Patient satisfaction and health-related quality of life after autologous tissue breast reconstruction

A prospective analysis of early postoperative outcomes

Authors

  • Toni Zhong MD,

    Corresponding author
    1. Division of Plastic and Reconstructive Surgery, Department of Surgery and Surgical Oncology, University Health Network, University of Toronto, Toronto, Ontario, Canada
    • Division of Plastic and Reconstructive Surgery, University Health Network, 8N 871, 200 Elizabeth Street, Toronto, ON, Canada
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    • Fax: (416) 340-4403

  • Colleen McCarthy MD,

    1. Plastic and Reconstructive Surgical Service, Memorial Sloan-Kettering Cancer Center, New York, New York
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  • Sandar Min MD,

    1. Division of Plastic and Reconstructive Surgery, Department of Surgery and Surgical Oncology, University Health Network, University of Toronto, Toronto, Ontario, Canada
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  • Jing Zhang MD,

    1. Division of Plastic and Reconstructive Surgery, University of Toronto, Toronto, Ontario, Canada
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  • Brett Beber MD,

    1. Department of Surgery, Women's College Hospital, Toronto, Ontario, Canada
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  • Andrea L. Pusic MD,

    1. Plastic and Reconstructive Surgical Service, Memorial Sloan-Kettering Cancer Center, New York, New York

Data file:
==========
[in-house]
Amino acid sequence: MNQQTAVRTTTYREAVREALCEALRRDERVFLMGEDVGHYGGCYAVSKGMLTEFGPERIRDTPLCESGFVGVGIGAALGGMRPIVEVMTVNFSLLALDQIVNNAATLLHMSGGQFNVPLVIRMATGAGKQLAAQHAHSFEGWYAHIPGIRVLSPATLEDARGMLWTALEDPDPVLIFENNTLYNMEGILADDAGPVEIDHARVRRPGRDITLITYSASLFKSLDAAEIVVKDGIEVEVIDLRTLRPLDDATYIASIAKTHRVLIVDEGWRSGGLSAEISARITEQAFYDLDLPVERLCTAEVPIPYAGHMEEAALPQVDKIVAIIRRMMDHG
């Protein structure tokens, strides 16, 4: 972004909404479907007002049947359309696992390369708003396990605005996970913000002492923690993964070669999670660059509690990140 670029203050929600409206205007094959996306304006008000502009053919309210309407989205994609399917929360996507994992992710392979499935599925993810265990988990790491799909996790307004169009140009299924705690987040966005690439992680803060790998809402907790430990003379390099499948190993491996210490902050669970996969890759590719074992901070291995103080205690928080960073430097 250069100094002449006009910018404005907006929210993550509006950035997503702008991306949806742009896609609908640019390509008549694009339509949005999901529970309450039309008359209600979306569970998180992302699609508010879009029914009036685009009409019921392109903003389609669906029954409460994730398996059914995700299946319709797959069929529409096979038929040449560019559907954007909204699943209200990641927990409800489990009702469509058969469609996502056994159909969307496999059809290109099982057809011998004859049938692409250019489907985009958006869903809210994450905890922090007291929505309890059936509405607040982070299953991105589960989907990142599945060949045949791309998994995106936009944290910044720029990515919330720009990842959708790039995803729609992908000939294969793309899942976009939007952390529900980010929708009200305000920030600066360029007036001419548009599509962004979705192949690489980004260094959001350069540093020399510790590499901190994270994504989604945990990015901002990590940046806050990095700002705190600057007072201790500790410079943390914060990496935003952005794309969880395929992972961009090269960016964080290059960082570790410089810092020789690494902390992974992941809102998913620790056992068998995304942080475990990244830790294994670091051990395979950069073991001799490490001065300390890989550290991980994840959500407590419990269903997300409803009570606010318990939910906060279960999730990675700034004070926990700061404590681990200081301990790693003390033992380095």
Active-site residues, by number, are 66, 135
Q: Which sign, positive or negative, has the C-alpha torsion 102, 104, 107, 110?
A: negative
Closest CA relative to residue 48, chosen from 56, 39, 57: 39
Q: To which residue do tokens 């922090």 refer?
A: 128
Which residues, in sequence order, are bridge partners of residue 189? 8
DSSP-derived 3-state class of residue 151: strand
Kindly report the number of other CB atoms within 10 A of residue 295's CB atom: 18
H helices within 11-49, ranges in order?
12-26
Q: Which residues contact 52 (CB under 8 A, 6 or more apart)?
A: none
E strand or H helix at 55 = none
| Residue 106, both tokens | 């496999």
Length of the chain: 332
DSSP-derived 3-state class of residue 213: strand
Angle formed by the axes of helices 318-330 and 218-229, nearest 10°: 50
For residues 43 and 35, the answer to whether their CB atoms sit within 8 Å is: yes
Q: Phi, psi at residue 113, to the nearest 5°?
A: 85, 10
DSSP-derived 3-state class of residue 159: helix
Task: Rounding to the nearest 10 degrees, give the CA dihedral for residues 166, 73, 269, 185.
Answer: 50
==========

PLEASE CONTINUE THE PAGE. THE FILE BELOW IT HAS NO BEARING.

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  • Stefan O. P. Hofer MD

    1. Division of Plastic and Reconstructive Surgery, Department of Surgery and Surgical Oncology, University Health Network, University of Toronto, Toronto, Ontario, Canada
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Abstract

BACKGROUND:

For this study, the authors evaluated early psychosocial adjustments and health-related quality-of-life changes after breast reconstruction.

METHODS:

All consecutive patients who underwent breast reconstruction between June 2009 and November 2010 were asked to complete the BREAST-Q, Hospital Anxiety and Depression Scale (HADS), and Impact of Event Scale (IES) questionnaires before surgery and at 3 weeks and 3 months after surgery. A repeated-measures design was used to compare scores between baseline and postoperative time points.

RESULTS:

Fifty-one of 55 women completed the questionnaires (response rate, 93%). BREAST-Q subscale scores (breast, sexual well being, and psychosocial well being) improved significantly (P < .05) postoperatively. The other subscale scores related to physical well being of the chest and abdomen dropped significantly 3 weeks after reconstruction; and, by 3 months after reconstruction, both scores improved significantly (P < .05). Large effect sizes for improvements in satisfaction, psychosocial well being, and sexual well being were observed (1.88, 1.2, and 1.31, respectively); whereas deterioration in the effect size for abdominal donor site was reported (−1.56). After adjusting for postoperative complications, there were statistically significant changes in BREAST-Q subscale scores. Changes observed on the HADS and IES provided external validation of the findings obtained on the BREAST-Q.

CONCLUSIONS:

The current results suggested that the gains in breast satisfaction, psychosocial well being, and sexual well being after patients undergo either free muscle-sparing transverse rectus abdominis myocutaneous flap reconstruction or deep inferior epigastric artery flap reconstruction are statistically significant and clinically meaningful to the patient as early as 3 weeks after surgery. However, these gains are accompanied by significant deterioration in physical well being of the abdominal donor site. Cancer 2011;. © 2011 American Cancer Society.

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